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How to make a good Online LARP (and how not to)

A good online LARP needs immersion, player autonomy and predefined relationships. How can this be achieved?

As I already stated in my article Does Online LARP work?, LARP can also work online. But what does an Online LARP need to be good – to work? Based on my own experience and feedback from Kendra (who runs an interesting LARP blog here), I have compiled the following list of criteria:

  • Immersion is important. You have to create an atmosphere in which the players can empathise well with their character and the game world.
  • Independence of the player / his character in the form that he has the possibility to take actions on his own is necessary so that the character can develop with his characteristics.
  • Predefined relationships help players enormously to interact with other characters and settle into the game.
Even as the last survivors of the decimated “Space Unit” fleet, you still understand humour (screenshot from the Online LARP “A Squadron Story”)

A good Example

Last Saturday I participated in a private Online LARP “A Squadron Story” by Corinne Axena. The setting was homemade by Corinne: a Star Wars-like sci-fi world where the players took on the roles of 5 space fighter pilots. I played the squad leader T. Lu. Corinne played Mission Control. The game time was about an hour. The game started shortly after an important mission unexpectedly went wrong. Most of the time we discussed what happened, what we could do and improvised interactions with the spaceship and Mission Control via chat and visual play. The previously listed criteria were met as follows:

Immersion:

  • We played via Zoom where, even without a green screen, you could replace your background live with a picture or a video. We players all replaced it with a spaceship cockpit panorama that matched the character.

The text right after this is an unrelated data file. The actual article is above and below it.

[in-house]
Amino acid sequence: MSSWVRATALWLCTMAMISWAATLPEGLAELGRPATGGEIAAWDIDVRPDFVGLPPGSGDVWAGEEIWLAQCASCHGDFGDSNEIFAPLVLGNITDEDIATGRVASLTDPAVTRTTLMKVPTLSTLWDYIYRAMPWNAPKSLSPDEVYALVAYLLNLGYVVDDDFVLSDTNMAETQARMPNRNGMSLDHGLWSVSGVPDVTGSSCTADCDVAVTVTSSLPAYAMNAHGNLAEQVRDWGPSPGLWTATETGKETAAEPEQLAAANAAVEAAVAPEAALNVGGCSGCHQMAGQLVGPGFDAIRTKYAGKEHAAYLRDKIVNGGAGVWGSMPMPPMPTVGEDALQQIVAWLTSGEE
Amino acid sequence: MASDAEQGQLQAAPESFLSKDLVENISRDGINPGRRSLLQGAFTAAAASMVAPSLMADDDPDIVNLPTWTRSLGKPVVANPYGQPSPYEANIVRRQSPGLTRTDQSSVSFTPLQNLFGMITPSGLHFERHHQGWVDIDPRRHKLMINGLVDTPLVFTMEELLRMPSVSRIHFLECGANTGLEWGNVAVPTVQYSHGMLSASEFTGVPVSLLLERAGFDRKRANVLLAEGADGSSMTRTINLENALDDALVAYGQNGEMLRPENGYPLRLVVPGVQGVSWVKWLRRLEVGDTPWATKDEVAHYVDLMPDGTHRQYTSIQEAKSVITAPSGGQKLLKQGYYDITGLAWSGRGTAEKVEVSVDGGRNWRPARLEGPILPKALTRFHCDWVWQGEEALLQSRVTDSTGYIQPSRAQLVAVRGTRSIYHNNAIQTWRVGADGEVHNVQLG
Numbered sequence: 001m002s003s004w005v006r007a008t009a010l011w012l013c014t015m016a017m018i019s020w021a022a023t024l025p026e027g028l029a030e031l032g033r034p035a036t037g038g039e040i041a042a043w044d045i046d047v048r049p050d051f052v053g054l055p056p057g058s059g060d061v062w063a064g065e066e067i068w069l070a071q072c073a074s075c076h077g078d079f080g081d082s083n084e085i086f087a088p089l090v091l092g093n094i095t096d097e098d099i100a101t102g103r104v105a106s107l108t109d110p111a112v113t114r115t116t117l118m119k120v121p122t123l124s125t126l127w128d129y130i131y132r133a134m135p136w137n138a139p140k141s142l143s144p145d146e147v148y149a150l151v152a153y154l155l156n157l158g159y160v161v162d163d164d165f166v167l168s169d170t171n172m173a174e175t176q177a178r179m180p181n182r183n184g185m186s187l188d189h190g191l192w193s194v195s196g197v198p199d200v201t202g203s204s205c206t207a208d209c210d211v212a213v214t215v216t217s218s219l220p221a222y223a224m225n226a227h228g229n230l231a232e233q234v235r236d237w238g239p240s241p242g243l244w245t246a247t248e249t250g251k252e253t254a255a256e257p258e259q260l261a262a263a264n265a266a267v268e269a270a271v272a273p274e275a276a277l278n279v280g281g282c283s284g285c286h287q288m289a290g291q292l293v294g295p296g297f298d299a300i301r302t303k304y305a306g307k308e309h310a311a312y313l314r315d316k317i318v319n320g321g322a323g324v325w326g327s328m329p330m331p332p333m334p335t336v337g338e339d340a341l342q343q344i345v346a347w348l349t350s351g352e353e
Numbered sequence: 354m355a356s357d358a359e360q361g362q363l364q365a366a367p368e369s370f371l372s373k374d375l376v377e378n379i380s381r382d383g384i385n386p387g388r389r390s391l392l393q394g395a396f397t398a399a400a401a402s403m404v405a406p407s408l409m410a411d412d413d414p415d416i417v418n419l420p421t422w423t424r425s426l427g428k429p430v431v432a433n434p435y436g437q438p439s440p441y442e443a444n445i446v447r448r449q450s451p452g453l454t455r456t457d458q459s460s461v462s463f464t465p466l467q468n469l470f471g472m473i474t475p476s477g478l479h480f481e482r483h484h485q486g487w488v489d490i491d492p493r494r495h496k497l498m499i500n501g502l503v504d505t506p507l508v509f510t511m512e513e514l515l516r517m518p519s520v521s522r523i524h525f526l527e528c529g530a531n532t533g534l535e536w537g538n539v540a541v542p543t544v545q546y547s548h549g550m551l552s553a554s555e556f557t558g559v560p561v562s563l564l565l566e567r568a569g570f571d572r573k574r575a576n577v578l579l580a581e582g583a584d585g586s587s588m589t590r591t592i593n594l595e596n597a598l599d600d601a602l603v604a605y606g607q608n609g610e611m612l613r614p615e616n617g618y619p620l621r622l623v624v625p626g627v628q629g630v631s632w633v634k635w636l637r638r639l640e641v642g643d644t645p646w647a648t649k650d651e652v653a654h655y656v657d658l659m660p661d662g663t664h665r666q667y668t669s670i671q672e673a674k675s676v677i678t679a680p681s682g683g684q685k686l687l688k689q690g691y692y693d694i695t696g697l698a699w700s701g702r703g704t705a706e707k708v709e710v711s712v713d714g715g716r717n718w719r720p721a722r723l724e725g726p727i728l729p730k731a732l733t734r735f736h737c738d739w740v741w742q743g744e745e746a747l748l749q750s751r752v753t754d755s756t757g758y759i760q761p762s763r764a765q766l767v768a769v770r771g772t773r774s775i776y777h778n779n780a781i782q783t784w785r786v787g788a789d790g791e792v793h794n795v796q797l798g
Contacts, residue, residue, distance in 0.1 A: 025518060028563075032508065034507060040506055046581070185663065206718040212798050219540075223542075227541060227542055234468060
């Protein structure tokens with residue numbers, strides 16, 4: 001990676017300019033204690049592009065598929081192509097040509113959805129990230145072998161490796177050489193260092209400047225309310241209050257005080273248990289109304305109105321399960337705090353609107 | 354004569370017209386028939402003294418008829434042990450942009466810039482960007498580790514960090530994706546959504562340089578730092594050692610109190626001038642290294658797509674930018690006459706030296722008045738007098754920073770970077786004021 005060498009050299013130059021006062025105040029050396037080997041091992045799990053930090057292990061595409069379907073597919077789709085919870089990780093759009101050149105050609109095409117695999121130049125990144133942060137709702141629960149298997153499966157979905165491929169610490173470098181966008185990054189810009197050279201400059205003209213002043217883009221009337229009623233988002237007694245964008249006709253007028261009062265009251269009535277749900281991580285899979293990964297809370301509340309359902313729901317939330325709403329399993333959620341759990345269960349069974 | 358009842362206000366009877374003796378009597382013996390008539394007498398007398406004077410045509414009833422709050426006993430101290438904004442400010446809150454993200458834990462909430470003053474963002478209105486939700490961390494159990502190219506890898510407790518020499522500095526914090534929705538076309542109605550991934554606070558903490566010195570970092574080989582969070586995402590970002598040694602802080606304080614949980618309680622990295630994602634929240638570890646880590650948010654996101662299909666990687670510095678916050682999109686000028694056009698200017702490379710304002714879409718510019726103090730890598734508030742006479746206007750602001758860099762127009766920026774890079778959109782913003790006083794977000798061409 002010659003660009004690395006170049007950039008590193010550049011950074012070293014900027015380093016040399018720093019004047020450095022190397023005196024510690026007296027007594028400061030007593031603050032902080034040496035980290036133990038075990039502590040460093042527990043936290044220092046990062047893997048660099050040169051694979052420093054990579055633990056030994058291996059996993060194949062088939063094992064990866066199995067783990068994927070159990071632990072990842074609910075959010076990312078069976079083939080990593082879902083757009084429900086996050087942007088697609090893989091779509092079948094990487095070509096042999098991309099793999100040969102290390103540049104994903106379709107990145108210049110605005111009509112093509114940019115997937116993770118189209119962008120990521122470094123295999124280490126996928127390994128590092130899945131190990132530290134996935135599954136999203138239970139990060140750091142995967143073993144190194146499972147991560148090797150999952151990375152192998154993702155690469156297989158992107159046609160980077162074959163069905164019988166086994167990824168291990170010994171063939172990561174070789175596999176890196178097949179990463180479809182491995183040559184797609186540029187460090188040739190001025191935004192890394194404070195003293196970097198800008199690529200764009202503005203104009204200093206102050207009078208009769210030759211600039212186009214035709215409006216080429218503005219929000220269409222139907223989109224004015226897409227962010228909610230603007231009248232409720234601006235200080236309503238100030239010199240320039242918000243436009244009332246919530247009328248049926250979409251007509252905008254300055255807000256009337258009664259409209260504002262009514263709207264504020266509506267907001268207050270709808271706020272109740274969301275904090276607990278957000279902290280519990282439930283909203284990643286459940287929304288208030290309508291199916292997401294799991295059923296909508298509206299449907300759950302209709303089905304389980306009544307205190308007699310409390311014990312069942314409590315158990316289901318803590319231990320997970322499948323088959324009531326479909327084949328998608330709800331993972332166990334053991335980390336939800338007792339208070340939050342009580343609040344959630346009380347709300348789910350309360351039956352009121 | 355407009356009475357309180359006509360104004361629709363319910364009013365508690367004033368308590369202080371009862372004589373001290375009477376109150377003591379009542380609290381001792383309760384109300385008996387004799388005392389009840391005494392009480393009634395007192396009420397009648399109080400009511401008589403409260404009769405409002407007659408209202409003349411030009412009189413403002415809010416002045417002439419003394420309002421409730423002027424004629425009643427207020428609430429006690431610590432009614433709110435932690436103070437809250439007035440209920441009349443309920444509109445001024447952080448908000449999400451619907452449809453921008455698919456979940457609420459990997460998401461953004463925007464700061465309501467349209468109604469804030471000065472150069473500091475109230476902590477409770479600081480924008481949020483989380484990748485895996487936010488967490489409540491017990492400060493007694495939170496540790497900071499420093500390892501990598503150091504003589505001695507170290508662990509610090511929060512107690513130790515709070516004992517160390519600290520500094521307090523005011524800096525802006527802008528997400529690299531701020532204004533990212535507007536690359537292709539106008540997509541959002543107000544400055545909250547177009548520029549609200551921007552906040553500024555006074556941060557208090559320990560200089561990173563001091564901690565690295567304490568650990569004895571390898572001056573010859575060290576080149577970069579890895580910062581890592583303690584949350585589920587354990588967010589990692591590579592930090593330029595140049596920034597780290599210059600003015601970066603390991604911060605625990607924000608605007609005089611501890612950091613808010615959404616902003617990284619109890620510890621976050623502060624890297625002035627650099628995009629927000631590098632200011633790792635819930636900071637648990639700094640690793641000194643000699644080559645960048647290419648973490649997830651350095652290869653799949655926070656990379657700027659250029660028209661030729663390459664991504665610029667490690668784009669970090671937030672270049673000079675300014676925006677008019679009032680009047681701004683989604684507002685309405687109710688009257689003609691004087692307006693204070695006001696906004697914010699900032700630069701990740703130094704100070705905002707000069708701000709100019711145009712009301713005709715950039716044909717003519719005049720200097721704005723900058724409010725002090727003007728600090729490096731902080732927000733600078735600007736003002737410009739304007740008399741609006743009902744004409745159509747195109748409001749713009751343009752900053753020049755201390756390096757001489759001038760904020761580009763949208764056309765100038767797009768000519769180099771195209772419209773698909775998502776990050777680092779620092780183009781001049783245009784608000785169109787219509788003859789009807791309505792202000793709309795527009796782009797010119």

• Each character has their own memories of what happened just before the game began. By sharing this information about the course of the game, you build a connection with your own character’s perspective.

Independence of the players/characters:

  • My character was the leader of the player characters, but because of a concussion he got shortly before the game started, the other characters had the opportunity to question or even disregard his authority. I was very happy about this, because the diversity of the characters doesn’t come into its own if only one can claim decision-making power all the time. It was also good that Mission Control could intervene at any time.
  • The players had the possibility to chat with each other ingame via Zoom at any time. This was also used, e.g. between friends to share their views on a problem or simply to pass on information. During the game, suspicions arose that one of the pilots might be a traitor/cheater. Theories were put forward not only publicly but also privately via chat with characters as to who it could be.

Predefined relationships:

  • My character had a best friend and a rival among the player characters which led to tension.
  • He was also torn between his motto “The mission comes first!” and risking the lives of his comrades.
“The sci-fi camouflage suit works!” (We learned that when the face is out of camera view, zoom means the body is background and it disappears)

A bad Example

That same evening I organized Süsse Träume 2 – Der Prozess (Sweet Dreams 2 – The Trial): A Fantasy Online LARP of my own. Although the event was fun for everyone, it was, as I had to painfully realise, unfortunately not really an Online LARP.